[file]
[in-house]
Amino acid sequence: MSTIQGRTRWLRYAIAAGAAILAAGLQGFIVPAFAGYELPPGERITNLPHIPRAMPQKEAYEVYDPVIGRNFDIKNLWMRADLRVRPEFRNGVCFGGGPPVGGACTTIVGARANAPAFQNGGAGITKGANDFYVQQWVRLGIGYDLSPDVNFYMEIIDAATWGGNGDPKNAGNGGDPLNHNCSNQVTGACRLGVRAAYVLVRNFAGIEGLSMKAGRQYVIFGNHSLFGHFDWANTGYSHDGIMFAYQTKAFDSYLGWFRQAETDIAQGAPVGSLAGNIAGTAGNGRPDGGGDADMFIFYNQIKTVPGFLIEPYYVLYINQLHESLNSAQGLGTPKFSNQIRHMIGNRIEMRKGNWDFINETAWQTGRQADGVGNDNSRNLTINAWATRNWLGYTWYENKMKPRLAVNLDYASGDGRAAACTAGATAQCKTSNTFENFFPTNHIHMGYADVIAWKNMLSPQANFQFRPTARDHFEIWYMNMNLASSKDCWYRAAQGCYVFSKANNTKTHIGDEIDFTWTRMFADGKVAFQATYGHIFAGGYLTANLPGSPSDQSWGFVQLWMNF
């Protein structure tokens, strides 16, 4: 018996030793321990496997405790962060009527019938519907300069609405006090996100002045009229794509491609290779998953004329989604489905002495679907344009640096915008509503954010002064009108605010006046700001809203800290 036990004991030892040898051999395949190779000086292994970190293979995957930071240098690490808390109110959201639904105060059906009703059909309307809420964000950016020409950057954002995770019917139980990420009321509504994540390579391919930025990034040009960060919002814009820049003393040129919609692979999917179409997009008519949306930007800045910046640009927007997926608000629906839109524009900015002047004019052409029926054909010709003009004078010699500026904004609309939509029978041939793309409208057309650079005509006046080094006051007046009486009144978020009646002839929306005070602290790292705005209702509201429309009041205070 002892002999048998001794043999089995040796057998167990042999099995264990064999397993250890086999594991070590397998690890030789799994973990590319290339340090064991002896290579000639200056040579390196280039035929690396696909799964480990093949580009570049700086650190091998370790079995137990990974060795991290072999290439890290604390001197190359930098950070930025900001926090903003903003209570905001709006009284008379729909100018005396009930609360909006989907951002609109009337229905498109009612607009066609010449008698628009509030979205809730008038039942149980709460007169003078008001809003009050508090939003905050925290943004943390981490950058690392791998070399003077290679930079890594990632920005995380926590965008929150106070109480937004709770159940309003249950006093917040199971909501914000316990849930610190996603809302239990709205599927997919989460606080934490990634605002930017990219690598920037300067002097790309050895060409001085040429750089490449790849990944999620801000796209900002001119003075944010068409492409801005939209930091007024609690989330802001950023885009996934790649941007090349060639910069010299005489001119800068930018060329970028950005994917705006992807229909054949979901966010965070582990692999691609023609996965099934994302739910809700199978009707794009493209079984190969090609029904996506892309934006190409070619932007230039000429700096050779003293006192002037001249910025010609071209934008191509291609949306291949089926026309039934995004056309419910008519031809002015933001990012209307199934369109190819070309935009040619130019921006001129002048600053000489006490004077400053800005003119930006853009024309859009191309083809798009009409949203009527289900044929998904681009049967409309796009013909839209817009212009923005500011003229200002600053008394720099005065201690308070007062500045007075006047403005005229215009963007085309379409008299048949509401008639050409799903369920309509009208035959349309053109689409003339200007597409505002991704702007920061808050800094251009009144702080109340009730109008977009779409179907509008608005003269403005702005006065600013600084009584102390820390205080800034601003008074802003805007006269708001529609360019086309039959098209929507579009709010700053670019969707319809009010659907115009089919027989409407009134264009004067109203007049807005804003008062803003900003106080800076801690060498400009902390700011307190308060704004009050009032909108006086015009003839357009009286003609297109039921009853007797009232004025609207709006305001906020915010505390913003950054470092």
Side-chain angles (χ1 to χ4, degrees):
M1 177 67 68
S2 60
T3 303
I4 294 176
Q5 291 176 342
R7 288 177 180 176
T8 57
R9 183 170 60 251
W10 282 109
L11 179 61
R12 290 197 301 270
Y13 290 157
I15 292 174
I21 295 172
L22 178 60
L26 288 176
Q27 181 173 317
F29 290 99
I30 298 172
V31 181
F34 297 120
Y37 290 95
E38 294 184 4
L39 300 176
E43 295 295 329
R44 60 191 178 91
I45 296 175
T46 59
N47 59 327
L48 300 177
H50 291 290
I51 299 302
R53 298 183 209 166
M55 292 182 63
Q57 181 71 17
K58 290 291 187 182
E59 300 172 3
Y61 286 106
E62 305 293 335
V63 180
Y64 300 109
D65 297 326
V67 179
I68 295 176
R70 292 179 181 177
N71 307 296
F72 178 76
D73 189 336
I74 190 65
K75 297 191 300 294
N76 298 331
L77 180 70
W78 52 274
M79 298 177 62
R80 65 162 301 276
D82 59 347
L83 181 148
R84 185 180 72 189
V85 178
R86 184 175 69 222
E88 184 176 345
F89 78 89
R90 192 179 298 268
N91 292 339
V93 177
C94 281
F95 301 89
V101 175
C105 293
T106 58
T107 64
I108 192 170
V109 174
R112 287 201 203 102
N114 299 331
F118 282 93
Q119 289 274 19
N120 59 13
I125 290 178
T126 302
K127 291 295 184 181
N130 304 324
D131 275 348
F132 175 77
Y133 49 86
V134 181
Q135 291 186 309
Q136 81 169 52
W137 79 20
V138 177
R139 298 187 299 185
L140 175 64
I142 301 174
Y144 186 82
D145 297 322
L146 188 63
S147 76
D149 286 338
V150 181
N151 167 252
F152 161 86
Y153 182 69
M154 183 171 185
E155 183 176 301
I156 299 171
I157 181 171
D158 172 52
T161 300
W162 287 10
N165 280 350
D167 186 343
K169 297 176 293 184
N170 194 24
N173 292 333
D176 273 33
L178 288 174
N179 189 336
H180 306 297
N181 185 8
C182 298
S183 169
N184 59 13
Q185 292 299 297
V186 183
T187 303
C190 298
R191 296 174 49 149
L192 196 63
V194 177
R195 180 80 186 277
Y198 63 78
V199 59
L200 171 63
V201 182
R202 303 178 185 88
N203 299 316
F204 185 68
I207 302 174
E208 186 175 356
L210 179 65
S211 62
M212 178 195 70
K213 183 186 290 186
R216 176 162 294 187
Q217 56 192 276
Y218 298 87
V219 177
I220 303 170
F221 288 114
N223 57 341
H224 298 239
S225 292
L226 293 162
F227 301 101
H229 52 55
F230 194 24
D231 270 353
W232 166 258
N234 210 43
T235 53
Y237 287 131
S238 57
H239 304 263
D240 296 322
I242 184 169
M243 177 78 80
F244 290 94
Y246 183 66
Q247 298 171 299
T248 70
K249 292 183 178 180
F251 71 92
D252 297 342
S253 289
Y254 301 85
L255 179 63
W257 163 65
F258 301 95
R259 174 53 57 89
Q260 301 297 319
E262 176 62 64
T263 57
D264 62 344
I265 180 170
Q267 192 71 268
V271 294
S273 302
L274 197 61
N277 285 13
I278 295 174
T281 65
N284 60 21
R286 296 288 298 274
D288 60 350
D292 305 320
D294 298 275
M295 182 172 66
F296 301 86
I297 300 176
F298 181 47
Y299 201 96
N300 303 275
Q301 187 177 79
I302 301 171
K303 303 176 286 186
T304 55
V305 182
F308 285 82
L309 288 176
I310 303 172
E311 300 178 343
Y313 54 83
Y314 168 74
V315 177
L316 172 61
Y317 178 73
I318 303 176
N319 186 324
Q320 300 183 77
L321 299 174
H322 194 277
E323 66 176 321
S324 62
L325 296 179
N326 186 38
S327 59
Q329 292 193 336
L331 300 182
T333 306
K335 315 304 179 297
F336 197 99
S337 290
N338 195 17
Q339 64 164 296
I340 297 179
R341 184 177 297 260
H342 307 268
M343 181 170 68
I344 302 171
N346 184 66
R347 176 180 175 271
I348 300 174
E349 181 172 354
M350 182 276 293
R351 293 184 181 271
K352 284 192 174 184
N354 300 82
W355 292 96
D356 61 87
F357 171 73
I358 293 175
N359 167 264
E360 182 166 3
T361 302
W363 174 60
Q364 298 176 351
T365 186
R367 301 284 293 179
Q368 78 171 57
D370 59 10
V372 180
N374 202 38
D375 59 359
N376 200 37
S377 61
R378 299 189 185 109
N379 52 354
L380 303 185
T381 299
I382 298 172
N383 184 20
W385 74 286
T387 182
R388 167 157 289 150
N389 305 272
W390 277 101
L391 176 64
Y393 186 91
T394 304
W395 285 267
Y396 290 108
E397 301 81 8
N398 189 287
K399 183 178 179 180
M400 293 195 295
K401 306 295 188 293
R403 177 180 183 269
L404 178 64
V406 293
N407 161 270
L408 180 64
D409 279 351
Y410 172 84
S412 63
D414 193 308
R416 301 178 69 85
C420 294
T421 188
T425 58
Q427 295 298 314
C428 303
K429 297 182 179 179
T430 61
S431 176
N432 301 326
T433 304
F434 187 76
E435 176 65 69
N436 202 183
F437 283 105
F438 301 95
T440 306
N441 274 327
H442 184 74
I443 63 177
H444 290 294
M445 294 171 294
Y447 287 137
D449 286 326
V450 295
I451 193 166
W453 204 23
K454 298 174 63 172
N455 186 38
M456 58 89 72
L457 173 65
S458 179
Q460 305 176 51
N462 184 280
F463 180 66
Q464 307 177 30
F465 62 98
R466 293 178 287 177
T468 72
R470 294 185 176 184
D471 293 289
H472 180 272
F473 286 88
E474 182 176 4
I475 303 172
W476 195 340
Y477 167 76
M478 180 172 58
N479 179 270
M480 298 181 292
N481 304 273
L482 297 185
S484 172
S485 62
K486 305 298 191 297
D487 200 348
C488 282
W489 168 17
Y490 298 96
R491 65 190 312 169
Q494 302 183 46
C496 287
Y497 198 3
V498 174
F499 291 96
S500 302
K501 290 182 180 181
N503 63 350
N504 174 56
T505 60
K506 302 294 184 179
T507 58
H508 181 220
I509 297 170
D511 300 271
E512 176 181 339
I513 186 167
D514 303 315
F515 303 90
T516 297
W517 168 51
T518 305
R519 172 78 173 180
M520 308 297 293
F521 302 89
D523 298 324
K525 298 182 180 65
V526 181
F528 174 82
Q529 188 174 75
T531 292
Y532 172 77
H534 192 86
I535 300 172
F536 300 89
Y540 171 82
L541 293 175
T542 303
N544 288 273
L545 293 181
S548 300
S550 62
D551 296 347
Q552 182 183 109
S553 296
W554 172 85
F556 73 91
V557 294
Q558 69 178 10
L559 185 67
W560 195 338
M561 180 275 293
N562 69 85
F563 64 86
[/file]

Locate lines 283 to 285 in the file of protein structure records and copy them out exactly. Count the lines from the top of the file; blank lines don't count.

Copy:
T394 304
W395 285 267
Y396 290 108